Espinosa v. State

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711 S.E.2d 425 (2011)

309 Ga. App. 877


No. A11A0120.

Court of Appeals of Georgia.

June 14, 2011.

*426 C. Samuel Rael, Atlanta, for appellant.

Peter J. Skandalakis, District Attorney, David Phillip Taylor, Assistant District Attorney, for appellee.

MILLER, Presiding Judge.

Following a jury trial, Kamal Hussein Espinosa was convicted of trafficking in cocaine (OCGA § 16-13-31(a)(1)) and possession of marijuana with intent to distribute (OCGA § 16-13-30(j)(1)). The trial court denied his motion for new trial. On appeal,[1] Espinosa contends (i) that the trial court erred in admitting similar transaction evidence and (ii) that his trial counsel was ineffective for failing to interview a key witness to rebut the similar transaction evidence. For the reasons that follow, we affirm.

Viewed in the light most favorable to the verdict, Jackson v. Virginia, 443 U.S. 307, 99 S. Ct. 2781, 61 L. Ed. 2d 560 (1979), the trial evidence shows that officers of the Carrollton Police Department launched a drug investigation, in which Espinosa was a suspect. On June 30, 2006, the officers conducted surveillance of Espinosa. An officer observed and followed Espinosa as he departed from his residence at the Magnolia Lakes Apartments, traveled to the Northridge Apartment complex, and entered an apartment at the complex. Shortly thereafter, the officer noticed a steady stream of individuals entering and exiting the apartment. The officer testified that such high traffic activity was typical of a drug house operation. The officer continued to observe as Espinosa exited the apartment, approached a vehicle in the parking lot, and engaged in a suspected transaction with the vehicle occupants. The officer described that Espinosa reached his hand inside the passenger side window of the vehicle, pulled his hand back out, and placed his hand in his pocket.

Espinosa later left the apartment complex in a vehicle driven by another individual. The officers initiated a traffic stop of that vehicle. During the stop, the officers smelled the strong odor of green and burnt marijuana. Espinosa was taken into custody based upon an active arrest warrant. During a search incident to his arrest, the officers seized $3,035 in cash from Espinosa's person.

The officers obtained search warrants for both Espinosa's residence and the apartment at the Northridge Apartment complex. During the execution of the search warrant at Espinosa's residence, the officers found several plastic baggies of the type commonly used for drug packaging. During the search of the apartment, the officers seized multiple bags of marijuana, powder and crack cocaine, ecstacy, a large amount of currency, a cell phone, digital scales, and plastic baggies commonly used for drug packaging and sales. The recovered substances tested positive as being marijuana and cocaine. The cocaine taken from two of the bags had a net weight of approximately 74.70 grams, with a purity of approximately 86.7 percent and 75 percent, respectively. The cocaine taken from another bag weighed approximately 226 grams, with a purity of approximately 54.2 percent.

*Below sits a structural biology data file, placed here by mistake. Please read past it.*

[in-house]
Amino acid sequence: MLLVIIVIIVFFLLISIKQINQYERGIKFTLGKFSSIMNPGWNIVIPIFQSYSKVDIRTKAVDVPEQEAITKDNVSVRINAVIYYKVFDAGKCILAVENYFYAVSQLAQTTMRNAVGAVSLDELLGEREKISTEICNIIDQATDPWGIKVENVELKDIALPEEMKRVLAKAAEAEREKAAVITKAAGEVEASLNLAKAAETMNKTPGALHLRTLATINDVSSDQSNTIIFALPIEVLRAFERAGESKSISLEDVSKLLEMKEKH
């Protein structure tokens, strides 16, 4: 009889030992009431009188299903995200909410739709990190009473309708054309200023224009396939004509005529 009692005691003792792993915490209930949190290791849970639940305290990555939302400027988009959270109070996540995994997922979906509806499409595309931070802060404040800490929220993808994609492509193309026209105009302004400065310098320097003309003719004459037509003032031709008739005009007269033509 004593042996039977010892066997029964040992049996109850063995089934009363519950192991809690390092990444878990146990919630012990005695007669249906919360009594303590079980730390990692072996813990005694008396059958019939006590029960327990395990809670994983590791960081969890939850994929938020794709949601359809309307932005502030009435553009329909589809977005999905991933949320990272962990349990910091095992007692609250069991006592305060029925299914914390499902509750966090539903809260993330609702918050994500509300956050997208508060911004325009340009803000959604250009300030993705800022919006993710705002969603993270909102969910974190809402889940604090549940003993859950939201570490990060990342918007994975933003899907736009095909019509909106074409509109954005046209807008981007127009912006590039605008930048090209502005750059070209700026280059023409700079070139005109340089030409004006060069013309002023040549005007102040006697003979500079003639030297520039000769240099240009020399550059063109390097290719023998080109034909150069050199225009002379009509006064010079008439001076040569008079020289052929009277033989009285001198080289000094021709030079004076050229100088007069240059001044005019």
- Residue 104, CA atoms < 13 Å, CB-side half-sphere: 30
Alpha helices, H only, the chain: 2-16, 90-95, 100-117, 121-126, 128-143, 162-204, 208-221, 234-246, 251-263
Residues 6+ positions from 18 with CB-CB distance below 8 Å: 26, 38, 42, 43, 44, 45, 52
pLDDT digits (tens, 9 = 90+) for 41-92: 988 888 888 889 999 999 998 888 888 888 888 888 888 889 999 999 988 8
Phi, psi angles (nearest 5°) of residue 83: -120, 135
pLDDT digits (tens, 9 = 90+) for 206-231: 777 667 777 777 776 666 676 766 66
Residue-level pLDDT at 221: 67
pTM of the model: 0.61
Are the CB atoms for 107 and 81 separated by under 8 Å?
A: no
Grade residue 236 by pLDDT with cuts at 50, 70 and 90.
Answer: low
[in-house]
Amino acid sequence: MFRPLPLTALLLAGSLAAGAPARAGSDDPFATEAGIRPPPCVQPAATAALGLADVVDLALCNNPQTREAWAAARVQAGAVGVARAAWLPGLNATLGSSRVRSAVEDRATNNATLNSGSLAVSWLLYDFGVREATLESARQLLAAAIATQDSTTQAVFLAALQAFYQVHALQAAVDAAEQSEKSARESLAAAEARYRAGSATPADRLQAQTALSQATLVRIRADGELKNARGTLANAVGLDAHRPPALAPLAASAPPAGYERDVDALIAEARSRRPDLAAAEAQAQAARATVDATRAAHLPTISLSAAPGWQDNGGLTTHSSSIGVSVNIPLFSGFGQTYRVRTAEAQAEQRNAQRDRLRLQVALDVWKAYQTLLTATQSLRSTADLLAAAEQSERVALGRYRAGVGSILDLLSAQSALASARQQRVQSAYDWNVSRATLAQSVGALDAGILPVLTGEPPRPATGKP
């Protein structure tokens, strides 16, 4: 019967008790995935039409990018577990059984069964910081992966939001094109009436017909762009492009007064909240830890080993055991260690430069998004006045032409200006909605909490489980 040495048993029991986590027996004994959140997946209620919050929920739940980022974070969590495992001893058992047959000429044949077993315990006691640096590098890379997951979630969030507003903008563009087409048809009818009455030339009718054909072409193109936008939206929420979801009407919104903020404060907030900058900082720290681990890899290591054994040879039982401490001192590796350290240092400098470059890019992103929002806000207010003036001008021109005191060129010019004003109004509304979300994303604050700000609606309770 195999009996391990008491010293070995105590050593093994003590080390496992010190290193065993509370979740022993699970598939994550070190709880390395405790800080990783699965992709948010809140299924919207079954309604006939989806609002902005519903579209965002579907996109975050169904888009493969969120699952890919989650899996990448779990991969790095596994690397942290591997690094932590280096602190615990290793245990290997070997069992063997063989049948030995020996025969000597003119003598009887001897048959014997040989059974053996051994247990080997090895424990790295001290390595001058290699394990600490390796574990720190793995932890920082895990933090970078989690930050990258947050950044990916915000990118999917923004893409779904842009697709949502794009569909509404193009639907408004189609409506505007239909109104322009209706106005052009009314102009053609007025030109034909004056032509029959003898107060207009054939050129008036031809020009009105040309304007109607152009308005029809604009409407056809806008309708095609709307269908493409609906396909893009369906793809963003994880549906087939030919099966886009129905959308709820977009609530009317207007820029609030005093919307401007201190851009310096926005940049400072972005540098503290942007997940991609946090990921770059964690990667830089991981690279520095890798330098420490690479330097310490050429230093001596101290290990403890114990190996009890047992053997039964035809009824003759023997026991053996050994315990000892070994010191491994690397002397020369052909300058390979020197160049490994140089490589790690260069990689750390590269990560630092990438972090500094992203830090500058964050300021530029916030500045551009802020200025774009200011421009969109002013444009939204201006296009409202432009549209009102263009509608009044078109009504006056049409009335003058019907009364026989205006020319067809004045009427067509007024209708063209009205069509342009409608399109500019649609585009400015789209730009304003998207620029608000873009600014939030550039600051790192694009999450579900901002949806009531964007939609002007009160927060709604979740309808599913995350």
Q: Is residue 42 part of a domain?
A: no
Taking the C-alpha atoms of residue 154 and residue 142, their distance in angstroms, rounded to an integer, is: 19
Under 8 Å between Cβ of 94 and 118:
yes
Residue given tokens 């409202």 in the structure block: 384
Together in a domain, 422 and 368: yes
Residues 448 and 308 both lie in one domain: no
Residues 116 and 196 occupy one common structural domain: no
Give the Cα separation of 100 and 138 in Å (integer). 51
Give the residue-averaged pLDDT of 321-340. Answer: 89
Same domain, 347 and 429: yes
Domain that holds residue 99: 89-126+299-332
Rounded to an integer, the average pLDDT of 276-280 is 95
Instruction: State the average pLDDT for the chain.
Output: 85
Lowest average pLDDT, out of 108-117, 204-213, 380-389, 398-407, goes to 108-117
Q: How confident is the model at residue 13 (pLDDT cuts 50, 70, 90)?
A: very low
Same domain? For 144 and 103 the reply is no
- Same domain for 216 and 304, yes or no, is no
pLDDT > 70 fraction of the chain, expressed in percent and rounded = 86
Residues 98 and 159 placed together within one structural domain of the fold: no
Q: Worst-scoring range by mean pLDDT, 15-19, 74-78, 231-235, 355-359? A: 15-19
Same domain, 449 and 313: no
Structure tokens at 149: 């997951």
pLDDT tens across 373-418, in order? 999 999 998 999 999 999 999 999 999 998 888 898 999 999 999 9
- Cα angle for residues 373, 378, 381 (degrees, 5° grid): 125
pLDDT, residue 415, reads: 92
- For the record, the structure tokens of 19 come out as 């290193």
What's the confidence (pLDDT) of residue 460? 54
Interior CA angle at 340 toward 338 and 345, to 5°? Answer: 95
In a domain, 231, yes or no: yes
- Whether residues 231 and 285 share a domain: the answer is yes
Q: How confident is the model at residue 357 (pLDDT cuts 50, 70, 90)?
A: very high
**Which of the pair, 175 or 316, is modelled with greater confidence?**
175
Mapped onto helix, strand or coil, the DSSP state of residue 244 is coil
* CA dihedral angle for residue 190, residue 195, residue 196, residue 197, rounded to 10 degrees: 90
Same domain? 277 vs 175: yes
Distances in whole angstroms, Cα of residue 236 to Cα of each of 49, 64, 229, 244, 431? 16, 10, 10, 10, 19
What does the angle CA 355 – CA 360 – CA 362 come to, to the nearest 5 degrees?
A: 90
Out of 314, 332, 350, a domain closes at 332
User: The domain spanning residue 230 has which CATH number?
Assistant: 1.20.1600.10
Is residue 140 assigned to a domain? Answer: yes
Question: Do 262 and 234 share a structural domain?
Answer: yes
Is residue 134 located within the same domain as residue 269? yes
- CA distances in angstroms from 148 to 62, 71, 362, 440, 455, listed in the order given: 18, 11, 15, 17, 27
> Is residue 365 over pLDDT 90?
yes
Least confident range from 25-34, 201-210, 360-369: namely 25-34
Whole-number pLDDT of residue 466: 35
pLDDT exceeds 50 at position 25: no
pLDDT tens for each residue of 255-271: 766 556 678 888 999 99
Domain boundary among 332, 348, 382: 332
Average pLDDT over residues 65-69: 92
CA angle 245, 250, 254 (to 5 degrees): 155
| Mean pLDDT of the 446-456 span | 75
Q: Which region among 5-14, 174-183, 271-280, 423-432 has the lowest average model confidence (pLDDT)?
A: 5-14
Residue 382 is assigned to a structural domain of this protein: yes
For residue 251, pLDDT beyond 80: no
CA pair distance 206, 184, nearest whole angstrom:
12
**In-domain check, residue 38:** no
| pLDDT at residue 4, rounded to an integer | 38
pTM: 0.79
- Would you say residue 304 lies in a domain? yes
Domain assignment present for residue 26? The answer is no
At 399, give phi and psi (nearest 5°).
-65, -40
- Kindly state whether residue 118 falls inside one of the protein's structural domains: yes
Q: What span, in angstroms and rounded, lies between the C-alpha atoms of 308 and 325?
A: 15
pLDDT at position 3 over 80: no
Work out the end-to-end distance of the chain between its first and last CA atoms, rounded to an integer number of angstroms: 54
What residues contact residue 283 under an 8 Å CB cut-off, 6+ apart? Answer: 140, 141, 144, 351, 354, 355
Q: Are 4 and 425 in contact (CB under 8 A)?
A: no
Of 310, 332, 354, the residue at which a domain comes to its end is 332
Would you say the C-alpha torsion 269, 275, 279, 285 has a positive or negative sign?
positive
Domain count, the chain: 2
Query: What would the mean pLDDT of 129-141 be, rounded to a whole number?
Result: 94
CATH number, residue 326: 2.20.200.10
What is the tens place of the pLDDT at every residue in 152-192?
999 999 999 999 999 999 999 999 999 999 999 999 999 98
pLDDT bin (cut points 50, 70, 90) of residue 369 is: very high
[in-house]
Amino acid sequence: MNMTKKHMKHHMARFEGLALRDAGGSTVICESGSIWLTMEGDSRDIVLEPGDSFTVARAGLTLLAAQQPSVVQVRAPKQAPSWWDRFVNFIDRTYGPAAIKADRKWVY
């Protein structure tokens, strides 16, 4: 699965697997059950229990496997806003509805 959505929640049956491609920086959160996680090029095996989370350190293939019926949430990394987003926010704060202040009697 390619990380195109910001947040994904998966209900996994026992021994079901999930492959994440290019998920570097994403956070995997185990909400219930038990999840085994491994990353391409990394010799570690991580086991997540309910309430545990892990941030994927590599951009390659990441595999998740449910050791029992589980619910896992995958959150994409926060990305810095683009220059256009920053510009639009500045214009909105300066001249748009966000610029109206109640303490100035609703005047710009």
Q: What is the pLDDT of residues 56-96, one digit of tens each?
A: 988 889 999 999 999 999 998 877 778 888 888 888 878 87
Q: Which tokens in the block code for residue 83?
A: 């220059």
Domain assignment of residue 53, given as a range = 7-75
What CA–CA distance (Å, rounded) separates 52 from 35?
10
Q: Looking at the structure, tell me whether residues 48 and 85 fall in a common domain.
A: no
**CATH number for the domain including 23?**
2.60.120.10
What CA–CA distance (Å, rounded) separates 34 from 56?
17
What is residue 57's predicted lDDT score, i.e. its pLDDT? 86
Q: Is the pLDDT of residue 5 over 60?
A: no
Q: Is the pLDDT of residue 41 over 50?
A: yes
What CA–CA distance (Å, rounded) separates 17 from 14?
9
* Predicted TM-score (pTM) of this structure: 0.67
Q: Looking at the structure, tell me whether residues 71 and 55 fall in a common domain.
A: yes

The State also presented evidence of two similar transactions involving Espinosa. The *427 first similar transaction occurred on or about June 23, 2006, approximately one week prior to Espinosa's arrest. Officers were called to Espinosa's residence to investigate the report of an armed robbery. Espinosa informed the officers that he had been robbed at gunpoint inside his apartment and that the perpetrators had stolen two video game systems and a watch. He further advised that the perpetrators fled through a grassy area, climbed a fence, and ran through the woodline behind the apartment. When the officers searched the area, they found a small bag of suspected cocaine lying in proximity to Espinosa's watch. The officers also retrieved a garbage bag containing Espinosa's video game systems and a bag of suspected marijuana. Thereafter, Espinosa became uncooperative in the investigation of the armed robbery incident.

The second similar transaction occurred on April 5, 2007. While officers of the Carroll County Sheriff's Office were conducting a road checkpoint, they encountered a vehicle driven by Kelvin Hill and occupied by Espinosa as a passenger. A deputy smelled the odor of marijuana coming from inside the vehicle, and Espinosa and Hill appeared to be nervous. The deputy asked them to step out of the vehicle; rather than comply, the vehicle sped away, leading the deputies on a brief chase. During the chase, a deputy observed packages being thrown out of the passenger window. The deputies apprehended Espinosa and Hill shortly thereafter and retrieved the packages, which contained marijuana weighing approximately 35.61 grams and cocaine weighing approximately 58.75 grams.